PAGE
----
Golden Gai: Tokyo’s Coolest Bar Neighborhood
Tokyo is a sleek city of chrome, neon, and crowds — particularly in Shinjuku. This modern neighborhood is home to tall office buildings, high-end department stores, endless traffic, bright and colorful signs, and some of the busiest railway stations in Tokyo.
But hidden on a narrow grid of side streets in Shinjuku is Golden Gai: perhaps the most unique bar neighborhood in Asia. The tiny streets here feel more like Southeast Asia than Tokyo with roughly 250 “hovel bars” built on top of each other. Graffiti covers several of them; others feel the space crunch so tightly that they leave their bulkier appliances sitting out in the street.
The majority of these tiny bars, some of them seating only 4-6 people, are private. Many of them are themed and catering to specific types of guests – francophiles at one, poets at another. Some bars serve Ramones fans; others, simply, are “ghetto.”
Before arriving in Tokyo, I was under the impression that only a few Golden Gai bars catered to foreigners – but soon learned that that wasn’t true. There are actually plenty.
A good rule to go by is whether there is any signage in English. If there is, you’ll be welcomed!
What I loved most of all about Golden Gai was that it felt like I had stumbled upon a secret. There are plenty of foreigners there, but it’s not a foreigner-driven environment like Kyoto. Golden Gai is first and foremost for the locals.
You never knew what there was beyond the doors. Some of the bars were dark and dank; others were perfectly styled retro homages to times past, almost looking like museums.
And the cocktails? Delicious. I shouldn’t have expected anything less; both the food and drink in Japan are universally excellent!
Being on a budget, Mario and I only checked out a few of the cheaper bars in the area. There are lots more, but many of them tend to be more expensive (1000 yen/$10 covers, 1500 yen/$15 drinks, etc).
Here are four of the foreigner-friendly Golden Gai bars that Mario and I enjoyed:
I never expected to find a little piece of Andalusia in Tokyo, but that’s what NaNa is. Founded by a Japanese woman who fell in love with Spain, this bar is filled with Andalusian art and music. I had to get my favorite Spanish drink — tinto de verano, red wine with lemon soda — and it tasted as good here as it did in Sevilla.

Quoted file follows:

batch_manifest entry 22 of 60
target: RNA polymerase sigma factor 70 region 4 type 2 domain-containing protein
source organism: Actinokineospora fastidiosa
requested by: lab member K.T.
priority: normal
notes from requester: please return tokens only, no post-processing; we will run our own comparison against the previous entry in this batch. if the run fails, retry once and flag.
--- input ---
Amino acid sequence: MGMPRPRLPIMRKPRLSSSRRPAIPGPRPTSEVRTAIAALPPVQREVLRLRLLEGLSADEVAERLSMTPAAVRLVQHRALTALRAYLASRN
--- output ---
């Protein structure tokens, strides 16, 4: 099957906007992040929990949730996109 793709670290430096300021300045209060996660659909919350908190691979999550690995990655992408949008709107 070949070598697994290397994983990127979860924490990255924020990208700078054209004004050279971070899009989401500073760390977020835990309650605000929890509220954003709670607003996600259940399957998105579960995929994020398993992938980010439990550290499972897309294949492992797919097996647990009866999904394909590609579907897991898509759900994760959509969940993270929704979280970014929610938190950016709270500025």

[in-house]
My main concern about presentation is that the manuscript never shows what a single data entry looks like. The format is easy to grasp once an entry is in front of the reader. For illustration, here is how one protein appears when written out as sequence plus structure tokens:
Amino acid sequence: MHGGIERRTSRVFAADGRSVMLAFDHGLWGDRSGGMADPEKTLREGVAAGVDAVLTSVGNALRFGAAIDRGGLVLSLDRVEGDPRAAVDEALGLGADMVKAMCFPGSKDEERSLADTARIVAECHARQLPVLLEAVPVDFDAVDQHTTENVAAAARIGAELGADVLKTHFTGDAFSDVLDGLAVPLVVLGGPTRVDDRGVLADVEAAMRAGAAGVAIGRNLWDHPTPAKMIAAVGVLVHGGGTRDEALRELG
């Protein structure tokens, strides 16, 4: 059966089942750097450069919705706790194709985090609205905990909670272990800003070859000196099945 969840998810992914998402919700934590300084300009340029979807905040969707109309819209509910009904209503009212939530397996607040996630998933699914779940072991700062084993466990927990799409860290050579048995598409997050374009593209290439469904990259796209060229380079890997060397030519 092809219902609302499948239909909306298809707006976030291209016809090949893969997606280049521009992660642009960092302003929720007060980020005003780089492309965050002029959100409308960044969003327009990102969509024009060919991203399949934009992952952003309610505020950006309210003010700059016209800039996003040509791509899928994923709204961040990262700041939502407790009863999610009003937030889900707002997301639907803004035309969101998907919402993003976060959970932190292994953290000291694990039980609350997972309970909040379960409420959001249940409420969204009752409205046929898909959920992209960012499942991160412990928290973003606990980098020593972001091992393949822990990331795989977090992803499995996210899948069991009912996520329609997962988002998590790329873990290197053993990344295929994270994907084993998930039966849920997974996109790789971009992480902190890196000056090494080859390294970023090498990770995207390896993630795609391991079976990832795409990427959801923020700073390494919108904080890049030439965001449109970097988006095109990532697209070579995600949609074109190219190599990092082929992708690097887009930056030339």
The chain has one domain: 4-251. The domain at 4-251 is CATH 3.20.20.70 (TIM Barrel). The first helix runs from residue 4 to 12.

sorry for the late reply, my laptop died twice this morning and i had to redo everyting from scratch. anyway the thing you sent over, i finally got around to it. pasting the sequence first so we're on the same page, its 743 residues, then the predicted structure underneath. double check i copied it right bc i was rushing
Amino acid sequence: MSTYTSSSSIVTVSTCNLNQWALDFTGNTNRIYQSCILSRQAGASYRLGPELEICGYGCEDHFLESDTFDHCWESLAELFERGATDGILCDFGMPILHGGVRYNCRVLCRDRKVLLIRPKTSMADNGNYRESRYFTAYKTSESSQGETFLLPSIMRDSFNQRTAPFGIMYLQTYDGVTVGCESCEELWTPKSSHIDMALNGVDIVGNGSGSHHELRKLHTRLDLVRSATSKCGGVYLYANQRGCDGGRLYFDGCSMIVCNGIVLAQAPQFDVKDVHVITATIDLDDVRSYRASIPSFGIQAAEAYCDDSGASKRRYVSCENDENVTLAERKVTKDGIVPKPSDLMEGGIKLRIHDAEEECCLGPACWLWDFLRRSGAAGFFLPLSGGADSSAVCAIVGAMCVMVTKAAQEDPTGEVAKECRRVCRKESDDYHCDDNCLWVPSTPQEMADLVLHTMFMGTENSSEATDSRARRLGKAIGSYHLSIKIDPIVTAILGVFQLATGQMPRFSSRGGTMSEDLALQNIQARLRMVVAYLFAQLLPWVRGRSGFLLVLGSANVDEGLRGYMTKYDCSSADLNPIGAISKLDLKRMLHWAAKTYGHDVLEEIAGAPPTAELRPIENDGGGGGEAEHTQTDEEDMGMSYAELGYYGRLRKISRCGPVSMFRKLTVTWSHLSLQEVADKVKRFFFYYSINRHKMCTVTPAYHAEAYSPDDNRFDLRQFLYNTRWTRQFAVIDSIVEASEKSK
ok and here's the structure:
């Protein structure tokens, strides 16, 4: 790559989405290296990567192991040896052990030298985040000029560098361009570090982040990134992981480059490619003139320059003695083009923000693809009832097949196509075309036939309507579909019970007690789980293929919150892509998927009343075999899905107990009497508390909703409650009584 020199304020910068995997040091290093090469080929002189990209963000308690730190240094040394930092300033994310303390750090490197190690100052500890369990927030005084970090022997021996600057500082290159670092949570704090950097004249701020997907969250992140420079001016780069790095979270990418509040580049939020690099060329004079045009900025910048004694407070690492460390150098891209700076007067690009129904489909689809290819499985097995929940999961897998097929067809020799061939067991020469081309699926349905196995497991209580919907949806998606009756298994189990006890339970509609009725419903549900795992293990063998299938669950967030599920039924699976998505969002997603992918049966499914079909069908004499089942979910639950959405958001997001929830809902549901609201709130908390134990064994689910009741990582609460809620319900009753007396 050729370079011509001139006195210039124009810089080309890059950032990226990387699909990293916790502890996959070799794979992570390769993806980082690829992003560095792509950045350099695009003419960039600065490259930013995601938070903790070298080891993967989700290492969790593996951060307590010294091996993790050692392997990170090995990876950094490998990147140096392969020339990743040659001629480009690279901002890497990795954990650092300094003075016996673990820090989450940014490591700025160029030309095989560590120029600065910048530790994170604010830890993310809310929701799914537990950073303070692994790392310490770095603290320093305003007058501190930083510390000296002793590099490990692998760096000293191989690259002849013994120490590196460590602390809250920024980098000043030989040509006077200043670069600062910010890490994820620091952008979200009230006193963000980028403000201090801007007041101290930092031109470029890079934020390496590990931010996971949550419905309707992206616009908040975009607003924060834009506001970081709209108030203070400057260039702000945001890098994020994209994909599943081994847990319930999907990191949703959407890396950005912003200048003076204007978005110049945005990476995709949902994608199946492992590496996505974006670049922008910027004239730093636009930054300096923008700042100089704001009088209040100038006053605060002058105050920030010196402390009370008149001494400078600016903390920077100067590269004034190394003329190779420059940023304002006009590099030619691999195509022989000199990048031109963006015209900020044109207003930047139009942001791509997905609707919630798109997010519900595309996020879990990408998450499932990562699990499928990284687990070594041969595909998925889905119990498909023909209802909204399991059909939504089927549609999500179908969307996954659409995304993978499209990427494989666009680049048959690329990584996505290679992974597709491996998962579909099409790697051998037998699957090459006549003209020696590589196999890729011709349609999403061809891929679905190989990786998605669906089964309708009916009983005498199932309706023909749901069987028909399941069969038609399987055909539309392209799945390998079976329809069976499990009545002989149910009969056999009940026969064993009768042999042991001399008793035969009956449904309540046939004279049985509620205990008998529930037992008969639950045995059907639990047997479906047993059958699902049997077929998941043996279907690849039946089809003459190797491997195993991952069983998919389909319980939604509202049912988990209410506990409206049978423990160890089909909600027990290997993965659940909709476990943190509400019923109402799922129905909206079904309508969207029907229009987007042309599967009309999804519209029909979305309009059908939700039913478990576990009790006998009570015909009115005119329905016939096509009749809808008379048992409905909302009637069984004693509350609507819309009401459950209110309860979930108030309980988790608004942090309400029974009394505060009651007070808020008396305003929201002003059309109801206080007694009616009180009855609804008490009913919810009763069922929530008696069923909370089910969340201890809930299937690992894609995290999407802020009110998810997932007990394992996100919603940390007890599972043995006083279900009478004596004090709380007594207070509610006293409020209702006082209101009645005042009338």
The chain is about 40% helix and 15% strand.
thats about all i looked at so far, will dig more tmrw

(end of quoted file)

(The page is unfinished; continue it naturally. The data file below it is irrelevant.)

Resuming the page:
Cover: No cover!
Seats: About seven at the bar and a few more at tables.
Drinks: Beer, wine and cocktails for 700 yen ($7).
This place had one of the coolest interiors I saw in Golden Gai, with giant crystal chandeliers and disco balls casting light and shadow across gothic accessories — oh, and a deer head. Our bartender, an aspiring actor, was a lot of fun and chatted with us and a few students from Switzerland. My gin and tonic was delicious and strong.
Albatross is listed in the Lonely Planet, so expect it to be popular.
Cover: 500 yen ($5)
Seats: About eight at the bar and more upstairs.
Drinks: Beer or wine 700 yen ($7), cocktails 700-1000 yen ($7-10)
A very welcoming bar for foreigners, the Australian-owned Araku (yes, there’s kangaroo on the menu) is one of the larger establishments in Golden Gai. Rather than a hovel bar, it feels more like a hostel’s common room, with lots of comfy couches. I went for the sake mojito — not a drink I’d ask for any other time, but when in Japan, right?
Araku is also listed in the Lonely Planet and is thus popular with tourists as well.
Cover: No cover!
Seats: Lots. This is a big place.
Drinks: Mojito or sake mojito 1000 yen ($10), cocktails 700 yen ($7)
Captain Ken holds down the fort at Easy Rider, a place decked out in Evil Knievel memorabilia and assorted Americana. Chatting with Ken and his affable Japanese customers was one of the highlights of our time here. This is a good place to visit once you’ve started to get hungry — there are deals on drinks if you buy snacks, and the 500 yen ($5) hot dogs were the perfect nosh in between the drinking.
Cover: No cover with password “easy rider”!
Seats: About 10 total.
Drinks: Sake 1000 yen ($10), beer or whiskey 700 yen ($7) — these prices are only if you also buy a small plate of food for 300 yen ($3).